As with all adoption stories and reunions, it’s complicated. We’re still getting to know each other and we’re helping one another to understand how we fit into each other’s lives and families. Together, we’ve uncovered a rich family history and an understanding of life, love, struggle and the evolution of a complicated, but strong family. My life is definitely much richer for knowing him (and other biological family members I’ve met on this journey) and I’ve learned so much about myself. I believe he feels the same way. Beating the odds has its perks.

My memoir, The Lies That Bind, will be published in 2017.

Adoptee and Adoption Stories Matter

story

I heard this morning that the movie Lion was nominated for a Golden Globe for Best Picture, Drama. That made me happy. It’s based on the memoir written by Saroo Brierley (A Long Way Home, G.P. Putnam’s Sons; Reprint edition (June 12, 2014)), an Indian-born Australian businessman who was separated from his family as a small boy and adopted by an Australian couple. Twenty-five years (and one incredible journey) later, he reunites with his biological mother. Dev Patel plays Saroo (he’s nominated for a Golden Globe for Best Supporting Actor, as well) and Nicole Kidman plays Saroo’s adoptive mom. You can watch the trailer here. It’s pretty powerful.

I love to hear other people’s stories. I especially like to hear stories from other adoptees. Every story–every journey–is different, yet similar in many ways. The same threads are woven into nearly every adoptee story: feelings of rejection, wanting to belong, the questioning of one’s identity, and questioning the very stories that have been told to us by those who lovingly (hopefully) raise us. We also often wonder whether anyone is thinking about or looking for us.stone-symbol-question-mark-5282223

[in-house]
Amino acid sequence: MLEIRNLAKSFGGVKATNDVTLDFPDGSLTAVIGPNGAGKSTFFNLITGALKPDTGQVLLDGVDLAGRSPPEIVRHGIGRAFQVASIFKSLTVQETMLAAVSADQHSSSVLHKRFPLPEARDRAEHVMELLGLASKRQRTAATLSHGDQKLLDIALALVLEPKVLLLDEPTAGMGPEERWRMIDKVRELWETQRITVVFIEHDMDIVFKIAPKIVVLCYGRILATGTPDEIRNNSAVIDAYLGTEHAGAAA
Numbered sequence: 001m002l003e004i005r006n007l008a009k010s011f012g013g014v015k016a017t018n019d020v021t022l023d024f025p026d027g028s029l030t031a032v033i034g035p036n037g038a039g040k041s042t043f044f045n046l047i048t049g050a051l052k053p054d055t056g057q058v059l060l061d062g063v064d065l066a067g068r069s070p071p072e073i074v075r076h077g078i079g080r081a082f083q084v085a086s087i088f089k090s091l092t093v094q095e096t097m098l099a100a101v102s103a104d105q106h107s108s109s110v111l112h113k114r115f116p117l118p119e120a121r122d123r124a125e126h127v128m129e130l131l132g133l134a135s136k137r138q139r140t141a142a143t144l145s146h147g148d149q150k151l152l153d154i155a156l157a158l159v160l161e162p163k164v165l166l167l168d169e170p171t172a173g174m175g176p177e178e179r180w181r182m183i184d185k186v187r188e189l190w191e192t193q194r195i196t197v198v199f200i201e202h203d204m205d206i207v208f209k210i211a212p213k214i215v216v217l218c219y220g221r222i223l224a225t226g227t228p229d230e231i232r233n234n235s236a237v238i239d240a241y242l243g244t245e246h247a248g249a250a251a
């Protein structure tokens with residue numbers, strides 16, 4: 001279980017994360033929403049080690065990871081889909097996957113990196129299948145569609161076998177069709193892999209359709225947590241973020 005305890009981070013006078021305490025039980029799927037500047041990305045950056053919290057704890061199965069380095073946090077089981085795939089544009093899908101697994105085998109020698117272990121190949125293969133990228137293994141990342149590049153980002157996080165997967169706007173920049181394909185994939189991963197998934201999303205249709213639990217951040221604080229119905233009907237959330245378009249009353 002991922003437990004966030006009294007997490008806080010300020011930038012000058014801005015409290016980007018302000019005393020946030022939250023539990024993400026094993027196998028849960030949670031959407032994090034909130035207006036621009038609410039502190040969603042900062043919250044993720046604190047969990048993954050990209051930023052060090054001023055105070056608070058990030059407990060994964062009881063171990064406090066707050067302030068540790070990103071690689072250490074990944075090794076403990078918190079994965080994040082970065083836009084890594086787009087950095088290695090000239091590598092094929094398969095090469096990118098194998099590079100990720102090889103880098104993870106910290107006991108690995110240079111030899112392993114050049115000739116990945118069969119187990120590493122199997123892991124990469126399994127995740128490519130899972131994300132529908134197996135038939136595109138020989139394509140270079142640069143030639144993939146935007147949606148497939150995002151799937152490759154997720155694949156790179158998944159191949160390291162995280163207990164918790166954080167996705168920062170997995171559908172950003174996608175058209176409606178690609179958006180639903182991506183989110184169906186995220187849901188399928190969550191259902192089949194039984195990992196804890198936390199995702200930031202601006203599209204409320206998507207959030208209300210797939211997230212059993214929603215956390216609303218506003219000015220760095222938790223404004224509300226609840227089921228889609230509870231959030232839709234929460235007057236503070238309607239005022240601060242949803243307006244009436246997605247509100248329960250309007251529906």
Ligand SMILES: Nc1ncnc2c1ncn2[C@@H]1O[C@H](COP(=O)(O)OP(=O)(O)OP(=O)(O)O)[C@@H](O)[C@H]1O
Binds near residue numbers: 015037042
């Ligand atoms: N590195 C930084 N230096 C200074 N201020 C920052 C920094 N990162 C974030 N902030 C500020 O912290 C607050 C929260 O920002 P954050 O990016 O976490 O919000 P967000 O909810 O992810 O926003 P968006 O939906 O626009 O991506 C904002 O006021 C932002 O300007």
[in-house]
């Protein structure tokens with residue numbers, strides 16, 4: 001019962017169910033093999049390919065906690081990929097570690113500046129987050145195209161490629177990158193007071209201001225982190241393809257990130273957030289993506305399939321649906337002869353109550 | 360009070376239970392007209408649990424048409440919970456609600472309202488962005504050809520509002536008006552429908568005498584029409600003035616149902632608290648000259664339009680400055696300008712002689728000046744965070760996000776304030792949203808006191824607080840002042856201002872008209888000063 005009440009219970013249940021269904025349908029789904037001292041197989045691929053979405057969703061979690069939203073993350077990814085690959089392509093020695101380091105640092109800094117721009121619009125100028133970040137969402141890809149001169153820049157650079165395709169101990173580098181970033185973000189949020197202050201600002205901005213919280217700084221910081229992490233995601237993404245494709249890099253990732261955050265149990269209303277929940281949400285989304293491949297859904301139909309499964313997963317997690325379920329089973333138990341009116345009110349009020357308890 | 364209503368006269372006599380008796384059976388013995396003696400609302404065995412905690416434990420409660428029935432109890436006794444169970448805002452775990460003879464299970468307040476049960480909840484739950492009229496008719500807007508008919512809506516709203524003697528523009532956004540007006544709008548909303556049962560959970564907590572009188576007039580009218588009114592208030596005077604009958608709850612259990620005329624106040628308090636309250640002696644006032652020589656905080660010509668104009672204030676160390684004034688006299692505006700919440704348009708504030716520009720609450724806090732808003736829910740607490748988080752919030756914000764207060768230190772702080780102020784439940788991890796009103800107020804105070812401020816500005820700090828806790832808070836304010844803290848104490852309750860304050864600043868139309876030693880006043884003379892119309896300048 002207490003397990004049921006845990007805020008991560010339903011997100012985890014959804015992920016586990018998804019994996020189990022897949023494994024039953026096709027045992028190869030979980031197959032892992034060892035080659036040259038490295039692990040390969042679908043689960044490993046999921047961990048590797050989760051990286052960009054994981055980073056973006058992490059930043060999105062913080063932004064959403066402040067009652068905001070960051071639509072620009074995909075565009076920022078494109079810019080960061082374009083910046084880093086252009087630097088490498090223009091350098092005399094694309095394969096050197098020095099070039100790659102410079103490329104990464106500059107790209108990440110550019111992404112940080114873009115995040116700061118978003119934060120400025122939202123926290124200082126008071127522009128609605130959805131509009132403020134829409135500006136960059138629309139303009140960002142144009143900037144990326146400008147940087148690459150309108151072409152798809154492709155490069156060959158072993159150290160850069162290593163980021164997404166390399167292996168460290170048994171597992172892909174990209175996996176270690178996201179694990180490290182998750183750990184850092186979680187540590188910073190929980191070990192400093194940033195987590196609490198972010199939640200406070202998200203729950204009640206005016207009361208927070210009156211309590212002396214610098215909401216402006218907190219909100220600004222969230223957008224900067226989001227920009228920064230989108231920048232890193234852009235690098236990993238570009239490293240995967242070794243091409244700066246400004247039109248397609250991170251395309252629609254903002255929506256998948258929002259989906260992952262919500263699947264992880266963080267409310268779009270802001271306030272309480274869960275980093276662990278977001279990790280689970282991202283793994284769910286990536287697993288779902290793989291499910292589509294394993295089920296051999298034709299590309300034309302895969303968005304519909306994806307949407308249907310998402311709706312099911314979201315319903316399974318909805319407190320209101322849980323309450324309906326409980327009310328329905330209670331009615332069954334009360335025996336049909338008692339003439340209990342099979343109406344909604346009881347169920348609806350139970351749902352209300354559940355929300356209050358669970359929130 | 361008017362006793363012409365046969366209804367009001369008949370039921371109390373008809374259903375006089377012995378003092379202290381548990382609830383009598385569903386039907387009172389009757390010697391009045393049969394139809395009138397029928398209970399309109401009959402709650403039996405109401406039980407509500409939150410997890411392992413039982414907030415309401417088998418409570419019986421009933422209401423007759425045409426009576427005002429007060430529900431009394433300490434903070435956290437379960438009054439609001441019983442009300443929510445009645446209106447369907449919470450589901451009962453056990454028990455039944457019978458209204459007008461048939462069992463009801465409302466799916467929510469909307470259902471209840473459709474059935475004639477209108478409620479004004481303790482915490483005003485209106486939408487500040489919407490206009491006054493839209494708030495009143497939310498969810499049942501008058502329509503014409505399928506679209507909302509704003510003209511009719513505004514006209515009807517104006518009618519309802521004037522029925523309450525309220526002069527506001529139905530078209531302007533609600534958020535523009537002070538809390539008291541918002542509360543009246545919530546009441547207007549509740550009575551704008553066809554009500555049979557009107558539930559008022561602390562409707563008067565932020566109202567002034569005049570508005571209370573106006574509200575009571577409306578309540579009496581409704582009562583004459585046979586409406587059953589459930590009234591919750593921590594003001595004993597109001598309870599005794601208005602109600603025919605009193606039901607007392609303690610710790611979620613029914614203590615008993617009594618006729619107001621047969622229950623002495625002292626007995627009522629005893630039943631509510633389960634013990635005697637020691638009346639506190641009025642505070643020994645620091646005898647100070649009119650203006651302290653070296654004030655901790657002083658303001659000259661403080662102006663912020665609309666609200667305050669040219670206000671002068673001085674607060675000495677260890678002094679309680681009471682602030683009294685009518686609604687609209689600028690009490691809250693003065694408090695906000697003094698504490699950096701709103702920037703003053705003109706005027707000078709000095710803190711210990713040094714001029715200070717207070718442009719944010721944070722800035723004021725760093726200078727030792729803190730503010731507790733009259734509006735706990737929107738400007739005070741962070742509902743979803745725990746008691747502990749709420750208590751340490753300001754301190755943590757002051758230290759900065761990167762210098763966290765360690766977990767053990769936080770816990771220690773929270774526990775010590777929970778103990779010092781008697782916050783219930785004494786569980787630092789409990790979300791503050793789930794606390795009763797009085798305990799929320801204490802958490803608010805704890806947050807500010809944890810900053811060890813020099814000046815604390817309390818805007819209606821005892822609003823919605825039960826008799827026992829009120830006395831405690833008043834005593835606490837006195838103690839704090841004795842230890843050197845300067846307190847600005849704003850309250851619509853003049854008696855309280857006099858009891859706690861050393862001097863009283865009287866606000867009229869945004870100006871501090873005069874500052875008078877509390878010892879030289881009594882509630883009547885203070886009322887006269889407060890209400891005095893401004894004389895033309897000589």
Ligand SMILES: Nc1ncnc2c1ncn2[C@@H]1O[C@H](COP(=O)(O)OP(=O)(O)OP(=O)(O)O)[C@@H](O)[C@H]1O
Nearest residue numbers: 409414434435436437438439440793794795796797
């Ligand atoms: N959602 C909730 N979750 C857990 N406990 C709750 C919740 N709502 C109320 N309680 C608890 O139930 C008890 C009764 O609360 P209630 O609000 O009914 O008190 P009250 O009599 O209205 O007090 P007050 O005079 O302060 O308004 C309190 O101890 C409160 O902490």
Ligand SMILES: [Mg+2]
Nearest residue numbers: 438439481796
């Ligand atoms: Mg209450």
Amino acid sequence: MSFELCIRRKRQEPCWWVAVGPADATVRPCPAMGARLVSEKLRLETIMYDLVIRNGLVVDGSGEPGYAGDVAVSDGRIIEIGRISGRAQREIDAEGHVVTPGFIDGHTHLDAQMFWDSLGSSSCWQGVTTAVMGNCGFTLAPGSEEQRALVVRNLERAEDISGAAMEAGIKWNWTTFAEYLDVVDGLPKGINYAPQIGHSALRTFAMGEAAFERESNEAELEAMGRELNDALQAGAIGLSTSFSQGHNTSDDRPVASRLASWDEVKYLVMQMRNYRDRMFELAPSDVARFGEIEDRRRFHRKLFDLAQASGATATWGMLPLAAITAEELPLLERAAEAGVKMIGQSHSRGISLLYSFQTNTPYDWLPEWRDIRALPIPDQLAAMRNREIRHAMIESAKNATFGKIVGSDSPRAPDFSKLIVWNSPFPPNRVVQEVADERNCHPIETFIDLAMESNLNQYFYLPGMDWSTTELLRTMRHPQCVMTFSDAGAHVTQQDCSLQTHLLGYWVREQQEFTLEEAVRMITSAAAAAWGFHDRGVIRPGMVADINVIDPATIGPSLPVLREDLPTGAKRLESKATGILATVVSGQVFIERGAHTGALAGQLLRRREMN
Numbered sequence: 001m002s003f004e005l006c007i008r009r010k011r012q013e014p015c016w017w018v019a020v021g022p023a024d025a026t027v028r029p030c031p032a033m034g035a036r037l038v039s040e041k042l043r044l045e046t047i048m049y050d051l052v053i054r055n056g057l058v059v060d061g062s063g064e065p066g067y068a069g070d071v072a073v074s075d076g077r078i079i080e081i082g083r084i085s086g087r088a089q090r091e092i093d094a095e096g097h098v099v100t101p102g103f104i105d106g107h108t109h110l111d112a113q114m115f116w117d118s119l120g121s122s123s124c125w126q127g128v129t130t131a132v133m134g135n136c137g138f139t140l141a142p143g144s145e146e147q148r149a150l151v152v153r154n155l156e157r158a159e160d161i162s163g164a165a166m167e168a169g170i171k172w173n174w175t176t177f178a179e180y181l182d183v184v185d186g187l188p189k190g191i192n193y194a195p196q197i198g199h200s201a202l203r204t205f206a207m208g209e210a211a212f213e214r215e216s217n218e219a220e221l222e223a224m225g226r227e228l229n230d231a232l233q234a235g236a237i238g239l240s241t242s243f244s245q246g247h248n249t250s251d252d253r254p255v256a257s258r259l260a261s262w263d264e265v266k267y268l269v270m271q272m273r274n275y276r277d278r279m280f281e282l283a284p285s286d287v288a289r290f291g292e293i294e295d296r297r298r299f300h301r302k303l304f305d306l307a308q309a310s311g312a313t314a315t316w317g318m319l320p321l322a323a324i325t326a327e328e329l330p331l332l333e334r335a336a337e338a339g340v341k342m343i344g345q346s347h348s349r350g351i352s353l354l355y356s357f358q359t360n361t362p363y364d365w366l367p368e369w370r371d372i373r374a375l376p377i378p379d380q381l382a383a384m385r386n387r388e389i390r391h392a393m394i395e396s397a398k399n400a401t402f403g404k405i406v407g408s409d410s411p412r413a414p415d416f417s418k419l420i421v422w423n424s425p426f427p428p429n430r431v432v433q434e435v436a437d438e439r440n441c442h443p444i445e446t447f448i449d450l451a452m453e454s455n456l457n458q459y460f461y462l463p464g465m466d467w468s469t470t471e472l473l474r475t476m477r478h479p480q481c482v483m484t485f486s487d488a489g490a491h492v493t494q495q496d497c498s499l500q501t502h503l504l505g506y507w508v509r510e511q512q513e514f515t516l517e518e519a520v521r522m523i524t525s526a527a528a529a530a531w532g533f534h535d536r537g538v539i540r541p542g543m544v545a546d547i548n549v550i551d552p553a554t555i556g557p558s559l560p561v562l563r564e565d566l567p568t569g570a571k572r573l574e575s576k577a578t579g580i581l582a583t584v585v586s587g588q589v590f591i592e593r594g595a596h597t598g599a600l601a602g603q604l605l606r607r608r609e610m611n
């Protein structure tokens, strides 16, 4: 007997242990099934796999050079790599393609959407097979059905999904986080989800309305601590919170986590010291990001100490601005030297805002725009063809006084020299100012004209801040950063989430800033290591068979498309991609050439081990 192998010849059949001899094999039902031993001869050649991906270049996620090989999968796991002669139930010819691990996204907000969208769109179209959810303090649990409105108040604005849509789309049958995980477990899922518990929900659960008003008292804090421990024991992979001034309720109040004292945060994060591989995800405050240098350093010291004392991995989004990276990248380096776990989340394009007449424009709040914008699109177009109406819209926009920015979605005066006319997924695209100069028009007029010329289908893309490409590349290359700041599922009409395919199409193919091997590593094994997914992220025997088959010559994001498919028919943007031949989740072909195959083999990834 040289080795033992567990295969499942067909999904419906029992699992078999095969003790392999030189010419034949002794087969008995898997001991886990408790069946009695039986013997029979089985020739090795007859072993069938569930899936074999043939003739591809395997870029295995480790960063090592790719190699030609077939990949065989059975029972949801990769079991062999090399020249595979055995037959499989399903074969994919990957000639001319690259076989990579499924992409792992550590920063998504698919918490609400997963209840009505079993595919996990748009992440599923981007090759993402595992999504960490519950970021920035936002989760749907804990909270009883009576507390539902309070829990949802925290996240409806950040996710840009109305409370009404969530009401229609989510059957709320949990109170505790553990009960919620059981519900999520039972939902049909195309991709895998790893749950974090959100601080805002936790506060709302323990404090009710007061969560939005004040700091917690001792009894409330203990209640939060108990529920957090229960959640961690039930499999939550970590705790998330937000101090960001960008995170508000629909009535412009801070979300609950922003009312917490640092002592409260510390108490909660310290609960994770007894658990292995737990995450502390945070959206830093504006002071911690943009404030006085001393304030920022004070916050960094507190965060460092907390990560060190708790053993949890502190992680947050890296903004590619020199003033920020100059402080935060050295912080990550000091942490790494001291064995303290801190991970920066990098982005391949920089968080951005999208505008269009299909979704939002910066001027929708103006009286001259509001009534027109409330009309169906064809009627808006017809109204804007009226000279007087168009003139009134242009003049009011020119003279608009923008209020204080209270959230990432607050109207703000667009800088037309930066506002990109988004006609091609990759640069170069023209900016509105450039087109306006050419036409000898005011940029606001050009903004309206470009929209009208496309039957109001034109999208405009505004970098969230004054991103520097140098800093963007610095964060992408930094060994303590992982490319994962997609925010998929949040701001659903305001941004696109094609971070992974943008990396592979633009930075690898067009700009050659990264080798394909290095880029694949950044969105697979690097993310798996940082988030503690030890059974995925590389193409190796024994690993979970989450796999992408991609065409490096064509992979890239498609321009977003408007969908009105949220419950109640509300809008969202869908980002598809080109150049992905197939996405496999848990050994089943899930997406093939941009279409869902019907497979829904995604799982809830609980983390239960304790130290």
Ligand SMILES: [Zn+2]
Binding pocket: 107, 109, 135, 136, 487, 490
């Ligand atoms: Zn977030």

Adoptees and their stories seem to be coming out of the woodwork. The subject of adoption–once a subject shrouded in secrecy–is becoming a big part of the public interest. Adoptees are actively searching for answers to the most basic questions we all take for granted: Who am I? Where did I come from? Who do I look like?

Birth parents are searching, too. Shame is no longer an issue. It’s all about healing. You can even see the healing on television (shows like Who Do You Think You Are?, Long Lost Family, and Geneaology Roadshow), in books, and on the big screen (Lion, Philomena). Genealogy has become its own genre. It’s clear that the interest in family history is not just a phase.

Unfortunately, the odds are stacked against most adoptees and others who want to know their stories. Thirty out of our fifty states still have sealed records laws on the books that deny adult adoptees the right to know their origins. California is one of those states living in the past. Seems so archaic, really, with all of the other ways to get to the truth: from good ol’ gumshoe detective work to social media, registries, even DNA testing and forensic genealogy. And what about international adoptions? Getting to the truth in those stories can be even more complicated. In the story behind the movie Lion, the main character uses Google Earth to search for his childhood neighborhood, using  his fuzzy childhood memories as his only guide. Google Earth! Amazing! Technology is so powerful!

storiesStories are powerful, too. Stories communicate, connect and strengthen. Even in everyday conversation, when people tell others about themselves, they to do it in a narrative way—that’s just how humans communicate. People story their worlds. And it’s not just about the adoptees. The subject of adoption and the real stories behind who adopts are inherently connected to people dealing with complex and sensitive personal issues like infertility, surrogacy, illegitimacy, mixed race families, and families with same-sex parents. Adoption, like the family issues mentioned above, contributes to a distinctive and often challenging form of family. These stories are for everyone.

My memoir about my adoption journey, titled The Lies That Bind, is nearly complete. It will be published in 2017.

Scars and Chain Link Fences

Scars fade with time. And the ones that never go away, well, they build character, maturity, caution. — Erin McCarthy